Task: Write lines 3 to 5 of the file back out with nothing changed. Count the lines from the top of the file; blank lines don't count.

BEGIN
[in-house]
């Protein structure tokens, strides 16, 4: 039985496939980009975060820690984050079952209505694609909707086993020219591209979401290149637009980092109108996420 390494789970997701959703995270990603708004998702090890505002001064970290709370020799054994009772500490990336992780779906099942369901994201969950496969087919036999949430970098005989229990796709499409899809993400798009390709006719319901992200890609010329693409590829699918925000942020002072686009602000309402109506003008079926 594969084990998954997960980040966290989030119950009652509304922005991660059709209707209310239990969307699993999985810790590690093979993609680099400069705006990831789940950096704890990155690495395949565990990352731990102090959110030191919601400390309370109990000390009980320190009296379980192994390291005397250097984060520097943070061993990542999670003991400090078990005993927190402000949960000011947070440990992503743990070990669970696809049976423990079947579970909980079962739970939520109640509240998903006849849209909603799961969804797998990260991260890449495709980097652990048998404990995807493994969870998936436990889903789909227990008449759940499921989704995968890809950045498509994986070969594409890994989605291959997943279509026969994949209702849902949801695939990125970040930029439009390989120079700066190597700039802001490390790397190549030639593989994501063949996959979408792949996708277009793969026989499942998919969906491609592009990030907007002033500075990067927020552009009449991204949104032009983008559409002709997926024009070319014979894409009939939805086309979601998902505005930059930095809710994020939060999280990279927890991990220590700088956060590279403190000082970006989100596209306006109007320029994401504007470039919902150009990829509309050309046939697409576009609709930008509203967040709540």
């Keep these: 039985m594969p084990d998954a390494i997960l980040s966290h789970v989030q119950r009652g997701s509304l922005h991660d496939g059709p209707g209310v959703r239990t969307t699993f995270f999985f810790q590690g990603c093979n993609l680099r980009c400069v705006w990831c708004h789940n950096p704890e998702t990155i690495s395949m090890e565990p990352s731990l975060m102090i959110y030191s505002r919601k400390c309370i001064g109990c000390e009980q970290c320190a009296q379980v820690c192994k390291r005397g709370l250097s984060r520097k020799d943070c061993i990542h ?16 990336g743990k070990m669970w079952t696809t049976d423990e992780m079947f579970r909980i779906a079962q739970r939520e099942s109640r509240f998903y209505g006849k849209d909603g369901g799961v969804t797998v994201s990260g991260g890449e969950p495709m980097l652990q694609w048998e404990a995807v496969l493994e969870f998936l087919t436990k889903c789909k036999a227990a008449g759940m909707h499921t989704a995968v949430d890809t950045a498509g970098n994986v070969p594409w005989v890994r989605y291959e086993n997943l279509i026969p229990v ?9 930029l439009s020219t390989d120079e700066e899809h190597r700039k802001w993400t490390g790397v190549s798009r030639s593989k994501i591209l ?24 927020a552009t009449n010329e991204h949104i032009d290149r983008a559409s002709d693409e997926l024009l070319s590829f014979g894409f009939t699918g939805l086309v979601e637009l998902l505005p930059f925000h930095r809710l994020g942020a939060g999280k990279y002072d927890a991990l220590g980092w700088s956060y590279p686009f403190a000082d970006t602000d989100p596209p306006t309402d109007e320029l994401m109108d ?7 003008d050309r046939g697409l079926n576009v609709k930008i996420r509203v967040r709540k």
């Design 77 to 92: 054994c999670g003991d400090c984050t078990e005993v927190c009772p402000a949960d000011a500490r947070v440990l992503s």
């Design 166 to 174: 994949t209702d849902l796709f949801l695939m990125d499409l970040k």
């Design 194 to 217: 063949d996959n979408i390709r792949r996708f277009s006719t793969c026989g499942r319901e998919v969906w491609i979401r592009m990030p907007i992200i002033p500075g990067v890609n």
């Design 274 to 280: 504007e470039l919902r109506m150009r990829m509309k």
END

């Keep these: 039985m594969p084990d998954a390494i997960l980040s966290h789970v989030q119950r009652g997701s509304l922005h991660d496939g059709p209707g209310v959703r239990t969307t699993f995270f999985f810790q590690g990603c093979n993609l680099r980009c400069v705006w990831c708004h789940n950096p704890e998702t990155i690495s395949m090890e565990p990352s731990l975060m102090i959110y030191s505002r919601k400390c309370i001064g109990c000390e009980q970290c320190a009296q379980v820690c192994k390291r005397g709370l250097s984060r520097k020799d943070c061993i990542h ?16 990336g743990k070990m669970w079952t696809t049976d423990e992780m079947f579970r909980i779906a079962q739970r939520e099942s109640r509240f998903y209505g006849k849209d909603g369901g799961v969804t797998v994201s990260g991260g890449e969950p495709m980097l652990q694609w048998e404990a995807v496969l493994e969870f998936l087919t436990k889903c789909k036999a227990a008449g759940m909707h499921t989704a995968v949430d890809t950045a498509g970098n994986v070969p594409w005989v890994r989605y291959e086993n997943l279509i026969p229990v ?9 930029l439009s020219t390989d120079e700066e899809h190597r700039k802001w993400t490390g790397v190549s798009r030639s593989k994501i591209l ?24 927020a552009t009449n010329e991204h949104i032009d290149r983008a559409s002709d693409e997926l024009l070319s590829f014979g894409f009939t699918g939805l086309v979601e637009l998902l505005p930059f925000h930095r809710l994020g942020a939060g999280k990279y002072d927890a991990l220590g980092w700088s956060y590279p686009f403190a000082d970006t602000d989100p596209p306006t309402d109007e320029l994401m109108d ?7 003008d050309r046939g697409l079926n576009v609709k930008i996420r509203v967040r709540k």
């Design 77 to 92: 054994c999670g003991d400090c984050t078990e005993v927190c009772p402000a949960d000011a500490r947070v440990l992503s």
């Design 166 to 174: 994949t209702d849902l796709f949801l695939m990125d499409l970040k």